One of Britain's most prestigious hi-fi firms has signaled what could be the beginning of the end for CDs. Linn Products, which has the Royal Warrant, is to stop manufacturing CD players as demand plummets because more and more people are downloading music online instead. Founder Ivor Tiefenbrun, who set up the firm to sell turntables in 1972, said customers 'recognized the limitations of CD players'. He added: 'People want better control of music and the ability to enjoy it in any room of their home. 'People are not buying new CD players. The success of the iPod means people are used to downloading music.' Instead, the company is focusing on digital music streamers - wireless devices to connect your home computer and hi-fi system. This allows music fans to play any tracks downloaded on the computer or MP3 throughout the home.
A Linn spokesman, which is based near Glasgow, said that these digital players outsold CD players this year for the first time. But he added that although this spelled doom for home CD players, CDs themselves were still useful as a way of recording and storing music. Tom Dunmore, of the gadget magazine Stuff, said other hi-fi firms would follow Linn's lead, adding: 'I think we will see a lot of other people following suit.'
It is almost 30 years since CDs began to be sold commercially, replacing vinyl records and cassette tapes as the music format of choice by the late Eighties. The British Phonographic Industry trade body says 2009 is set to be a record year for single sales. More than 117million tracks had been bought by the end of October, before the Christmas run has even begun. Of these 99 per cent were legal digital downloads.
For albums, CD sales are still the preferred option but experts say their market share is slumping. In 2008, there were 137million album sales, made up of 123 million CDs, 10.3 million digital downloads, while vinyl records, cassettes and other formats accounted for around 300,000. Just two years ago, there were 154million album sales, of which CDs accounted for 151million, and digital for 2.7million. But in a final twist vinyl looks set to outlive the young pretender to its throne.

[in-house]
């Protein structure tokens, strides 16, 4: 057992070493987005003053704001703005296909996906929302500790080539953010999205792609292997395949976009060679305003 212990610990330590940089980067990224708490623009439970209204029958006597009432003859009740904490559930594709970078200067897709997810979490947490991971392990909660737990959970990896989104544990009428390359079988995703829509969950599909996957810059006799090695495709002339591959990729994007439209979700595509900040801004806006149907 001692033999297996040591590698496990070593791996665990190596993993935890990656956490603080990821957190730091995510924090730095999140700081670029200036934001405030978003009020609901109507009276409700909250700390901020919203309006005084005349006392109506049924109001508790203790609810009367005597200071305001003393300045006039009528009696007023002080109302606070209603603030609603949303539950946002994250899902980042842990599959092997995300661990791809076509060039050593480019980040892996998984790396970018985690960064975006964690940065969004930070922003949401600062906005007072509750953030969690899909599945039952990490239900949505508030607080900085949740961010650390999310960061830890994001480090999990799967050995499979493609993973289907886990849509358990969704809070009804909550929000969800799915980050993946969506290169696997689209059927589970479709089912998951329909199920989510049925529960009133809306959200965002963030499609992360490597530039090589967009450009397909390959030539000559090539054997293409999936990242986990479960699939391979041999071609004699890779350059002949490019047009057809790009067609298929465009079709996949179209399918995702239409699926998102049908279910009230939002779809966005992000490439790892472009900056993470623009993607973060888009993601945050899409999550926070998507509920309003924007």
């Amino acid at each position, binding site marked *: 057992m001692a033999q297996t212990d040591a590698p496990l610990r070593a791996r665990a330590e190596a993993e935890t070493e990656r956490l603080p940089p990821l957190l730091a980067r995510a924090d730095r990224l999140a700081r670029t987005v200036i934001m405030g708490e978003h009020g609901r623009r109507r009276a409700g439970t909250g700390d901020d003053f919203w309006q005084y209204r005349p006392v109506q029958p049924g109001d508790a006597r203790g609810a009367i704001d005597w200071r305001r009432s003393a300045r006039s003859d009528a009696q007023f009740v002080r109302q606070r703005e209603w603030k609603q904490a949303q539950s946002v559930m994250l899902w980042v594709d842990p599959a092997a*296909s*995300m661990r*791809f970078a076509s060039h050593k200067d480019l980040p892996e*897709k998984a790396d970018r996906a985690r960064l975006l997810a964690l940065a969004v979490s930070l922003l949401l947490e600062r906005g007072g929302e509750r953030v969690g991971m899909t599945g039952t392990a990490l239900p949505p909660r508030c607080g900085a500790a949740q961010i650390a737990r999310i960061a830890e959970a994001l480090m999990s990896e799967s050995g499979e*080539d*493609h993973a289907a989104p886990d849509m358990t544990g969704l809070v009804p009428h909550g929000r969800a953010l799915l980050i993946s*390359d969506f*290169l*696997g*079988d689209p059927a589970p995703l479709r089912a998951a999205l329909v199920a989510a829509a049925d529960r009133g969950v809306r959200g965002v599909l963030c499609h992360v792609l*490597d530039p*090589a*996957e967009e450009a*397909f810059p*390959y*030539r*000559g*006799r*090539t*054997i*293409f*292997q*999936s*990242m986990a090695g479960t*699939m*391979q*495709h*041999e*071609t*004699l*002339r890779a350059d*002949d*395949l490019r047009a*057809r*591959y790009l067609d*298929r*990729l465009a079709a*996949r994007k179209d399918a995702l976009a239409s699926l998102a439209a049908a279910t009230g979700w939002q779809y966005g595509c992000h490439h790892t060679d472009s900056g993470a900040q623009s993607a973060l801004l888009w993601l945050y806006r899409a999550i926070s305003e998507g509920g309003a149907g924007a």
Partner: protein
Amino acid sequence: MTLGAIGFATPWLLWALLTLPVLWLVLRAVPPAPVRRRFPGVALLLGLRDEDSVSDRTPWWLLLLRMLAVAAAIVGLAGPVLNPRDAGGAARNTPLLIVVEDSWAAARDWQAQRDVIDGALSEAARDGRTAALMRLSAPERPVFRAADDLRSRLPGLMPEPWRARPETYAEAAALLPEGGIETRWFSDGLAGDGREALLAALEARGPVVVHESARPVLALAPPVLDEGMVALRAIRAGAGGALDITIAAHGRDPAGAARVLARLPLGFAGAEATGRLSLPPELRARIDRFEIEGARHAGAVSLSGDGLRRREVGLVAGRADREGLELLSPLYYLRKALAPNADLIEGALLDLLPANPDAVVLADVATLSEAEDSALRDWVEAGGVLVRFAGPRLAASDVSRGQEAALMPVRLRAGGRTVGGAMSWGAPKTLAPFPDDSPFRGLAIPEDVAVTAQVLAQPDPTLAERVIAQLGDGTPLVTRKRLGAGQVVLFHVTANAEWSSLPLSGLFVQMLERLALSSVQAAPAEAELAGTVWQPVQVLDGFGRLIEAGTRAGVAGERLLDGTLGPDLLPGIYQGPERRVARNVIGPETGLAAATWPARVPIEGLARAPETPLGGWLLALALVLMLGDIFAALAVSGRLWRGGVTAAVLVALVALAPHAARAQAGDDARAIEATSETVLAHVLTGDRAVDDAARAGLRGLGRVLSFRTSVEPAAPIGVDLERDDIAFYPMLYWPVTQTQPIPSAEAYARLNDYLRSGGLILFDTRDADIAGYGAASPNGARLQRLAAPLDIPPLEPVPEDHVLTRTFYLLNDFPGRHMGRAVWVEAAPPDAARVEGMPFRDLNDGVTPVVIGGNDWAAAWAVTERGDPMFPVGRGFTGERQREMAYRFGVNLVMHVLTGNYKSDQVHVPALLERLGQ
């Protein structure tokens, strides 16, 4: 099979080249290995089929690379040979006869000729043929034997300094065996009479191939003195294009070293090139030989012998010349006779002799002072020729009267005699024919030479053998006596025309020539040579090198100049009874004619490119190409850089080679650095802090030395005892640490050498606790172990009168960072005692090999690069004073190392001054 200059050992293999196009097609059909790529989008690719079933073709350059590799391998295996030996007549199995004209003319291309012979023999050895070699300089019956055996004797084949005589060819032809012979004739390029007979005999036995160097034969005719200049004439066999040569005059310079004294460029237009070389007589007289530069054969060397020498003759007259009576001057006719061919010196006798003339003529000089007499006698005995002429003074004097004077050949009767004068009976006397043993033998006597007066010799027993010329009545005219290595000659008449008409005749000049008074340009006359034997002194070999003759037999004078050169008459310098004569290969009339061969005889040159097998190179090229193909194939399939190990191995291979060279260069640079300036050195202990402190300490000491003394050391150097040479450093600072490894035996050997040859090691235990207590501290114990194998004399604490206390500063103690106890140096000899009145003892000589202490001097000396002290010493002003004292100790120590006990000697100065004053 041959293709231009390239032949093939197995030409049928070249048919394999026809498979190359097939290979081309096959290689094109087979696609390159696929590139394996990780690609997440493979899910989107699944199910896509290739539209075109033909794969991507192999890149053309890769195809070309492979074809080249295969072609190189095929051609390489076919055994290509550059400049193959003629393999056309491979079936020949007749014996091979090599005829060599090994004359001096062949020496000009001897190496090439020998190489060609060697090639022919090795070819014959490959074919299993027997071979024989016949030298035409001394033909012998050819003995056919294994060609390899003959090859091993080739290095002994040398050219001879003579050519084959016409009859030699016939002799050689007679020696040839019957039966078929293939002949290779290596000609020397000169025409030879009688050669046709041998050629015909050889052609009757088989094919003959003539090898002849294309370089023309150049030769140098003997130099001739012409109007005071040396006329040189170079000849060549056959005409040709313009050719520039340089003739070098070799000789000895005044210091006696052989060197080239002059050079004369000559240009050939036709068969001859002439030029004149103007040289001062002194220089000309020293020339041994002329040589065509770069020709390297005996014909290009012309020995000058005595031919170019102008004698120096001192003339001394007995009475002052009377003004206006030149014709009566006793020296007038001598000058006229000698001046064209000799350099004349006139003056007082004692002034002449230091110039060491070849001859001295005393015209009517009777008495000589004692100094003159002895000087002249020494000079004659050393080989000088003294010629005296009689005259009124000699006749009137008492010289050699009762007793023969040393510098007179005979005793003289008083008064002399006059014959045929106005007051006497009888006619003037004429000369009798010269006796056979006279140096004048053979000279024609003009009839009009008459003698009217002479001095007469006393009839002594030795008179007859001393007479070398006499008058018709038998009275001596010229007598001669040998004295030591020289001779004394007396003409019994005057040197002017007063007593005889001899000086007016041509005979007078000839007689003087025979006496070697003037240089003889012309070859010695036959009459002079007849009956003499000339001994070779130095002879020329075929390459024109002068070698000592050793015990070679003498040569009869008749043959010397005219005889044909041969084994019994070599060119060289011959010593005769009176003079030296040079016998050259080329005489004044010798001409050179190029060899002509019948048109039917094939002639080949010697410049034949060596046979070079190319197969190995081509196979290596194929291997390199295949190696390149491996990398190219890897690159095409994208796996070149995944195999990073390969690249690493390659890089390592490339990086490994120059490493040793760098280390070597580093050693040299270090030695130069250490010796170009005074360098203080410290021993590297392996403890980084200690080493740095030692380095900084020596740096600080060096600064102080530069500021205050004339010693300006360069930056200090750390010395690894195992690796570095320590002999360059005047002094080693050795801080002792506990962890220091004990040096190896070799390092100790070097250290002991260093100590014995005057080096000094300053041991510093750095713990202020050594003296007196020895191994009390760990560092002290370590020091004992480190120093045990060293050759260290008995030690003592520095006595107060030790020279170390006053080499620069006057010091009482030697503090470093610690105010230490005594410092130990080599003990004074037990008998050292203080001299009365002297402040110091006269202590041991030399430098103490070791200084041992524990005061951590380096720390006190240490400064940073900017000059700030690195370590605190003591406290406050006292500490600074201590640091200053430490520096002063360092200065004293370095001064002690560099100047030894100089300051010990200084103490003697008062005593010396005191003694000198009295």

Top DJs prefer records, because of the flexibility of the format for mixing, while audiophiles enjoy its 'warm' higher quality of sound compression. Demand is such that Scottish-based Linn, whose top systems cost more than £100,000 pounds, is continuing to make turntables. The CD is not the first technology to be made obsolete in the digital age. Its little brother the DVD pushed stalwart VHS cassettes out of the living room and consigned bulky players to the dustbin. And sales across the board have suffered as digital downloading has taken hold, with millions downloading movies and music for free, while paid for downloads are booming.
Adam Liversage, spokesman of the British Phonographic Industry, said the move could be significant. He said: 'This is a very interesting development. Typically it is the high end audio manufacturers that do drive things forward in audio. 'There will always be early adopters who look to take up the latest technologies in the music scene. 'For example the introduction of multi-channel SACD's at the millennium offered a higher level of quality, and they are popular with the higher end users. The fact they are playable on the Playstation 3 has made them more accessible.'
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